Michael B. 'Mike' Jasinski
QCWA # 27823
I've been licensed since 1965 as WN2SZM, WB2SZM and WA2QBH. My present call was acquired in 1980 when I relocated to Fourland. Member of QCWA, ARRL, DXCC. Am also the ARRL VE Liaison for the Dade Radio Club of Miami Inc. Have held FCC First Class Radiotelephone Operator License With Radar (now "grol") since 1971. Also hold FCC GMDSS RadioMaintainer License. First Love is CW
I started as an SWL in 1960 by building an Allied Knight Kit SpanMaster 2 tube regen receiver. Not much to look at but I was impressed. My Mom worked for Hazeltine Electronics and taught me how to solder. The SpanMaster got a workout and I was amazed that radio waves could fly through the air! I heard BBC, Radio Moscow and VOA of course but when I heard people talking to each other around 4 Megacycles, I didn't know what to make of it. My high school SWL buddy, Bob Anderson told me that these were "Ham" radio operators who had to take a test and be licensed. My interest was piqued. My second receiver was a Lafayette KT-200 (HE-10 kit) which I still have. It looks like an S-38 knockoff but it performs much better. Made by Trio which later became Kenwood.
I was given my Novice license exam by Milt Tyte in April of 1965 and received my license in May, 1965, WN2SZM. My novice station consisted of the KT-200 and a borrowed ARC-5 Transmitter, Longwire antenna and a J38. Milt Tyte, W2BFA (SK), was documented as the the first amateur or commercial radio operator in the United States to hear the USSR's Sputnik satellite in October 1957. This was at RCA's receiving station in Riverhead, N.Y. (See RCA Electronic Age magazine, Oct. 1957) Later, my Uncle, Walt Makowski, gave me and my high school friend Bob, a tour of the RCA receiving facility. RCA Riverhead was the birthplace of the Beverage antenna. Lots of receiver racks and TTY machines and telephone poles to support steerable rhombics in the antenna farm!
In August of 1965, Bob, WN2PFZ and I hitched a ride to downtown New York City to take our general class exam. We were both 16 and only had our learners permits and no cars. A friend of mine offered to drive us the 65 miles to NYC. We were too close to the nearest FCC office to qualify for a Conditional license, so this was a fortunate turn of events. What a ride! In a '64 Chevelle convertible with the top down! When we got there and found parking, we went to the Federal Building on Washington Street. You know the drill. Hard wooden desks, straight keys screwed to the desks, Charlie Finkleman in dark pinstriped suit in the middle of August by the window with his unforgetable cigar. We sat down and I noticed that all the keys were wired in parallel and every one was trying to get some last minute sending practice. Bob and I aced the code and we passed the written test. There were no multiple choice tests,all answers were written in longhand and schematic answers were all handdrawn. To celebrate, we all decided to take a look at "Radio Row". We had heard that Cortlandt Street was the heart of Radio Row but we were disappointed because all of the big name stores were gone. There were some surplus items on the sidewalk but most stores had closed because of the impending construction of the World Trade Center a couple of years in the future. When we received the paper licenses in Oct. 1965, Bob was WB2PFZ (now KA2S) and I was WB2SZM.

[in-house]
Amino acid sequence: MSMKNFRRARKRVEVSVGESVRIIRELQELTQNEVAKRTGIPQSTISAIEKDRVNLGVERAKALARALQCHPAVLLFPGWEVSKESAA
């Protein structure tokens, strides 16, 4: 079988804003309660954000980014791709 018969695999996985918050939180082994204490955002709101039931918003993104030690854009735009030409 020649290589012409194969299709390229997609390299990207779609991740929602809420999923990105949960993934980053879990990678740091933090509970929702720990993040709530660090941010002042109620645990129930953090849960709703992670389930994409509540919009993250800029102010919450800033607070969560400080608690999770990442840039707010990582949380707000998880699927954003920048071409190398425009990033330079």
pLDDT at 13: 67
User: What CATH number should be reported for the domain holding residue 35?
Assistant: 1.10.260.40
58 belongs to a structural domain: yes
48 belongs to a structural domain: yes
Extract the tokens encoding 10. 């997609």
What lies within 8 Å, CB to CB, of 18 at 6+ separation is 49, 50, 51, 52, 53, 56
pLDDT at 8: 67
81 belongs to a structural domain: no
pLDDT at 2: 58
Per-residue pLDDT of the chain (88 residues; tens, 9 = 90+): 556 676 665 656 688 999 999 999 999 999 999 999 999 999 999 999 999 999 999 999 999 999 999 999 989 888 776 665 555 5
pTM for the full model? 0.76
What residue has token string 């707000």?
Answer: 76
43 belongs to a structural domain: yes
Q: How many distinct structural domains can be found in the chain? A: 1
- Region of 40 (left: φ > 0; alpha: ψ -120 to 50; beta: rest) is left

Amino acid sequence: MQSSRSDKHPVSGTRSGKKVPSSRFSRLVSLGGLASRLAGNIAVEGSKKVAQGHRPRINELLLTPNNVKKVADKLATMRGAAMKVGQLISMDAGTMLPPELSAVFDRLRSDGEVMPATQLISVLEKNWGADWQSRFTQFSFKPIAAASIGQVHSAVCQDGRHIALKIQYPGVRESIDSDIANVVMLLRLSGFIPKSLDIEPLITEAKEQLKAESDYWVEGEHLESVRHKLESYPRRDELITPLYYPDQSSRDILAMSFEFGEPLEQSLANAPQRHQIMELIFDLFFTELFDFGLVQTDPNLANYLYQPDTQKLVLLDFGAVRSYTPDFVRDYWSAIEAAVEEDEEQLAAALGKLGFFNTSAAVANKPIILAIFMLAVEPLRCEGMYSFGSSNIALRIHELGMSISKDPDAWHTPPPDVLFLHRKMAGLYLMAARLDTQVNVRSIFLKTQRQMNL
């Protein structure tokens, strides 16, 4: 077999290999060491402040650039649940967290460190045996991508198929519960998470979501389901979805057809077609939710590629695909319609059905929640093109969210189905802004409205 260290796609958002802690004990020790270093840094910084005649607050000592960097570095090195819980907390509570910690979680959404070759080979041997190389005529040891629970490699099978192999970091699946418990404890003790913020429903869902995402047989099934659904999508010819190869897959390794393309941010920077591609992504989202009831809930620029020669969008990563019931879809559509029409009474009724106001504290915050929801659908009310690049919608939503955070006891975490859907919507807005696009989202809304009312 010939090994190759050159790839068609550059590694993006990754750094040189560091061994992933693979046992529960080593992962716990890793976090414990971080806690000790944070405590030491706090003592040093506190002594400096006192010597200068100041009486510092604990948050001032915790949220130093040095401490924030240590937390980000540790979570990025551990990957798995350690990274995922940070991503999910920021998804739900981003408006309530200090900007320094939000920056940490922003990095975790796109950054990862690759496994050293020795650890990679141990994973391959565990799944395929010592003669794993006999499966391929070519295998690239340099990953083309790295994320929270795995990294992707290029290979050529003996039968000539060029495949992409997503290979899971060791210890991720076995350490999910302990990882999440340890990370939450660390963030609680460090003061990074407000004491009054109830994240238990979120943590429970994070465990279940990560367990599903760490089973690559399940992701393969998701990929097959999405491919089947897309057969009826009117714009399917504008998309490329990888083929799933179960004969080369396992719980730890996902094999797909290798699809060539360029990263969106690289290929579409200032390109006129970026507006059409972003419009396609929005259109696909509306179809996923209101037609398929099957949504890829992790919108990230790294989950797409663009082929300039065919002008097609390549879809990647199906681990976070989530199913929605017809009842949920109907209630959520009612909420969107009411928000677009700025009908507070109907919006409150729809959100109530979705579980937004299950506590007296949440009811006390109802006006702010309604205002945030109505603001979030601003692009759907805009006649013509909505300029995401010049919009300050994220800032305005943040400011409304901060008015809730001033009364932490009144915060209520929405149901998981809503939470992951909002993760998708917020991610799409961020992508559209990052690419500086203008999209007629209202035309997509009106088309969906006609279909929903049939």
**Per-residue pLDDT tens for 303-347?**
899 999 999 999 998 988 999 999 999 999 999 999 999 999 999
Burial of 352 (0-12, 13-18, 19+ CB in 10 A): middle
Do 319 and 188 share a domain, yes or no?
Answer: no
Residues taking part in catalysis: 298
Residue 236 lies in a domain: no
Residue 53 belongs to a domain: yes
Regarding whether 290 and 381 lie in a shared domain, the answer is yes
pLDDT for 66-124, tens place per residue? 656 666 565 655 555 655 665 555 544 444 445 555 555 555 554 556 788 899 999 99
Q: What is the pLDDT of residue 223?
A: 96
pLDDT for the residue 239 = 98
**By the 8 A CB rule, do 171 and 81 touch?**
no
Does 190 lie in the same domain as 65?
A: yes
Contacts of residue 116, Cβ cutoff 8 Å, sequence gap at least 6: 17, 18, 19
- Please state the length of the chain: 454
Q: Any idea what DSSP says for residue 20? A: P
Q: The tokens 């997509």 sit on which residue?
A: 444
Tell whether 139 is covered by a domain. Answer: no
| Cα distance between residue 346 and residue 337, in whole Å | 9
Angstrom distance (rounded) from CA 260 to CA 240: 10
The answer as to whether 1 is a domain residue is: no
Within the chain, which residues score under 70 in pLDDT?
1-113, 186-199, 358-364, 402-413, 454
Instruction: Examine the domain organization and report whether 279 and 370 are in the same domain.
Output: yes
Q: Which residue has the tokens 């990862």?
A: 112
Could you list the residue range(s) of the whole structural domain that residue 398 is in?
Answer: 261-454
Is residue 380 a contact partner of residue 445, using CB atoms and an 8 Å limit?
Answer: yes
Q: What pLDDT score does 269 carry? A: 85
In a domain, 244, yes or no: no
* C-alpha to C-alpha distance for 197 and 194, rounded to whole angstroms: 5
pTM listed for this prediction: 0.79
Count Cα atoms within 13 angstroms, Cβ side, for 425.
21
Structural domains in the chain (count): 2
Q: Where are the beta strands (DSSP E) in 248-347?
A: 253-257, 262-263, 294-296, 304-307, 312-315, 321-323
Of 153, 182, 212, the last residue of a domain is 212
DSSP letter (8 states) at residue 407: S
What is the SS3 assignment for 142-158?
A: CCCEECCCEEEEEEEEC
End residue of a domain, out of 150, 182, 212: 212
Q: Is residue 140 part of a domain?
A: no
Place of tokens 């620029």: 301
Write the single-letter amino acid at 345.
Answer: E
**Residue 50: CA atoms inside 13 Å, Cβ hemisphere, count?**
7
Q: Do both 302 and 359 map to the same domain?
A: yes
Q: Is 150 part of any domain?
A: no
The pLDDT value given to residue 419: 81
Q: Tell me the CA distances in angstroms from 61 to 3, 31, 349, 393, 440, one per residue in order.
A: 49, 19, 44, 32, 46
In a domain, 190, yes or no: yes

My early ham career was uneventful. I did upgrade to a used a DX-100a, one watt per pound. Put up 2 dipoles out of phase for 20 meters and worked VP6TC, Tom Christian on Pitcairn in the late 60's but I never sent for the QSL card. Did not have a DX Callbook at the time! The DX bug hadn't bit yet. With school and other things, I let my license lapse. I worked in broadcasting in the early 70's and there were a few hams at the AM station where I worked. Ed Karl, K0KL, encouraged me to get my license again. Back to Manhattan to take the test. Failed the code test. I will never let my license lapse again! Retested a month later and I was now WA2QBH.The FCC was systematically re-issuing calls at that time.
My next rig was a Heathkit HW-101. It actually worked pretty good. I started to like 10-15-20 meters. Used it for 6-7 years and in 1978, purchased the Yaesu FT-101E shown in the picture. This was the first store bought new radio that I didn't have to assemble. Worked fantastic. Tough to part with it . Current XCVRs are FTdx3000 and FT1000MP. The J-38 key in the picture is my first key.
I didn't really start working DX until 2000. Yes, I did finally work Pitcairn and get the QSL. And a few others. Now have 250 sticker on DXCC Mixed (268) and DXCC CW Certificate with 250 sticker (252). Believe it or not, I still need two states for basic WAS. Since I have Hawaii and Alaska, I'll probably go for It.
Other Hobbies include Salt and Freshwater Fishing. Lots of Largemouth Bass, Bluegill, various species of brim, gar, Tarpon and Snook.
Thanks for looking me up, 73
May 26, 2015